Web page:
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Local fintechs shift gears to service online car sales

Vancouver technology companies believe COVID-19 is transforming consumer habits
A car is loaded for delivery in the lot of online car dealership Canada Drives | Chung Chow

Like a driver following a route on a road map, Cody Green always had a destination in mind for his financial technology firm.

The pandemic just pushed the founder and co-CEO of Canada Drives Ltd. to hit the accelerator sooner than expected.

The Vancouver fintech founded in 2010 is best known for its online platform that helps secure financing for vehicles.

Late last year it shifted lanes and began offering B.C. customers the option of buying used cars through its platform.

“E-commerce and online shopping has been fast-forwarded multiple years, and I think vehicles are definitely a big part of that,” said Green, whose company offers a one-week return policy on vehicles it sources from private buyers, reconditions and stores on a lot in Richmond.

There’s no room for any haggling on the platform, but once purchased, Canada Drives delivers the vehicle in a trailer within a day of sale.

While a test drive seems like a must for a large purchase, COVID-19 has been keeping British Columbians at home amid restrictions and health concerns.

“A lot of people have in their head that a test drive needs to happen or [they] need to go in person. But as long as you’re pairing our service with a guarantee that if you don’t like that vehicle [then] you can return it, I think it’s satisfying,” Green said. “Getting a 15-minute test drive with the salesperson isn’t going to tell you as much as spending a week with a vehicle.”

The co-CEO said he’s been learning a lot about British Columbians’ buying habits since the soft launch last fall, such as demand for certain vehicles exceeding expectations based on the region. He noted that physical dealerships might not be flush with BMW sports utility vehicles in Prince George, but Canada Drives has been able to deliver them to drivers in about a day.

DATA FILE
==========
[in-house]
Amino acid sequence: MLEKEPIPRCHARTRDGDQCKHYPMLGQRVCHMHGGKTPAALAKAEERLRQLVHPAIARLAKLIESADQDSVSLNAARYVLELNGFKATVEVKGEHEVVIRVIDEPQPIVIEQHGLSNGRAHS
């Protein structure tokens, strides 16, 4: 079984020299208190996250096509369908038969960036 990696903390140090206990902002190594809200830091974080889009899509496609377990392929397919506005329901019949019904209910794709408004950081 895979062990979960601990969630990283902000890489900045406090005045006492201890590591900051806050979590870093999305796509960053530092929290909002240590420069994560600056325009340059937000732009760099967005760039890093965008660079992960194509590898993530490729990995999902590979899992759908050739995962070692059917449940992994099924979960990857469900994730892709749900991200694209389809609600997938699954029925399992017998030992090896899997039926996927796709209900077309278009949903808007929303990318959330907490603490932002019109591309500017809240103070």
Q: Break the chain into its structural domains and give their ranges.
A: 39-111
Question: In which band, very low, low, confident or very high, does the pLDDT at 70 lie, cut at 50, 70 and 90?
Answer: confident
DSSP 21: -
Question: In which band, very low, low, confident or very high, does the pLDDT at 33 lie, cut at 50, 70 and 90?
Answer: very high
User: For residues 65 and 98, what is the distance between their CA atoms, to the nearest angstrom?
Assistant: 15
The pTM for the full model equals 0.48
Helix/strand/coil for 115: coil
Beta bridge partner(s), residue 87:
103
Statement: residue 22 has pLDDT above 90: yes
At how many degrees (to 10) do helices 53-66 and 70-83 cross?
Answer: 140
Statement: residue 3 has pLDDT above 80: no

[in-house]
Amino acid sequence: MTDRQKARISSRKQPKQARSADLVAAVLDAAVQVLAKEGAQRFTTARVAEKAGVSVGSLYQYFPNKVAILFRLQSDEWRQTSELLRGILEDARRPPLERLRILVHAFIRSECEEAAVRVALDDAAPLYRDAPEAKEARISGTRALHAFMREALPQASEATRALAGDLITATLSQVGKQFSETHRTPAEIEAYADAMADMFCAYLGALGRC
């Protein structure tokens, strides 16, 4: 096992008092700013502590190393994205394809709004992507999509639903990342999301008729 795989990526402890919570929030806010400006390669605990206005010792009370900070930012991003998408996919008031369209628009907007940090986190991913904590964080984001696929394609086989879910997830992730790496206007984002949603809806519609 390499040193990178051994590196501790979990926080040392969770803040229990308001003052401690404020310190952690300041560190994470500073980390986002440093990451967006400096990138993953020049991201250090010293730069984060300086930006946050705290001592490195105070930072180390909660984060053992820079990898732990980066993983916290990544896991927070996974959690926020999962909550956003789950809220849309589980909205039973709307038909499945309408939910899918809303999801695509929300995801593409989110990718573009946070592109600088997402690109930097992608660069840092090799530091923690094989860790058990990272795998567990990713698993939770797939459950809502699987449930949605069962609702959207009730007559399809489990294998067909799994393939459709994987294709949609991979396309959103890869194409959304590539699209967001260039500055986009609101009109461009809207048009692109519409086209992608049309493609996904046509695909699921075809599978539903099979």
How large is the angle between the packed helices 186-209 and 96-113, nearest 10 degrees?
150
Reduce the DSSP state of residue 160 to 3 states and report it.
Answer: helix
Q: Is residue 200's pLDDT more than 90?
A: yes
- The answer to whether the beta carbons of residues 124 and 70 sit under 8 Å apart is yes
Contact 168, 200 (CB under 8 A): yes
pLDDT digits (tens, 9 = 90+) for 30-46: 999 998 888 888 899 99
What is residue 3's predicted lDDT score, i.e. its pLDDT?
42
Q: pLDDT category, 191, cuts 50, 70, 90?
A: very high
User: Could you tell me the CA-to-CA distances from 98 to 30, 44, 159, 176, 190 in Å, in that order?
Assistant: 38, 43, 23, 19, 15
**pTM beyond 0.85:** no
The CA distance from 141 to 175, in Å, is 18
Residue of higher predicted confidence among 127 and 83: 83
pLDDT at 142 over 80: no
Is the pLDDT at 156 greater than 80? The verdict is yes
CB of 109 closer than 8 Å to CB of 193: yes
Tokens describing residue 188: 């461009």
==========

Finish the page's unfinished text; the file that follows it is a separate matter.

Canada Drives is not the only Vancouver tech firm tapping into the growing market for online car sales.

Autozen Technology Ltd. revealed in January the close of a $4.2 million funding round ahead of launching a new online marketplace for vehicles later this month.

“Trading is relatively easy but you’ve got to buy a new car and you don’t always get the best price when you trade it in because there’s no competition,” CEO Olivier Vincent said. “You get only one offer.”

Users looking to sell can plug in the make, model and year of their vehicle and Autozen will respond with a range of prices for how much the automobile will likely fetch.

The platform is free for consumers, while Autozen charges a commission to dealers for every vehicle sold.

Potential buyers can compete against each other before Autozen delivers a firm offer to the seller.

If the seller accepts the offer, Autozen will pick up the car in about a day, and payment is deposited into the seller’s bank account.

“The automobile industry is pretty low tech. You can see the quality of the online sites that are there,” said Vincent, the former CEO of Canpages Inc., adding that he does not believe there is another comparable marketplace out there.

He also thinks COVID-19 has increased the need for the industry to go digital as more people stay home.

Green said Canada Drives rolled out its new service in about six months, and he expects to expand beyond B.C. shortly to service about 80% of Canadians by the end of 2021.

The Autozen marketplace is initially being offered to Metro Vancouver buyers and sellers, but the company will eventually expand throughout Canada.

“To build a marketplace is not trivial,” Vincent said. “Not only the technology but also the marketing and commercial efforts to get it going. It does take several million dollars to do that properly.” •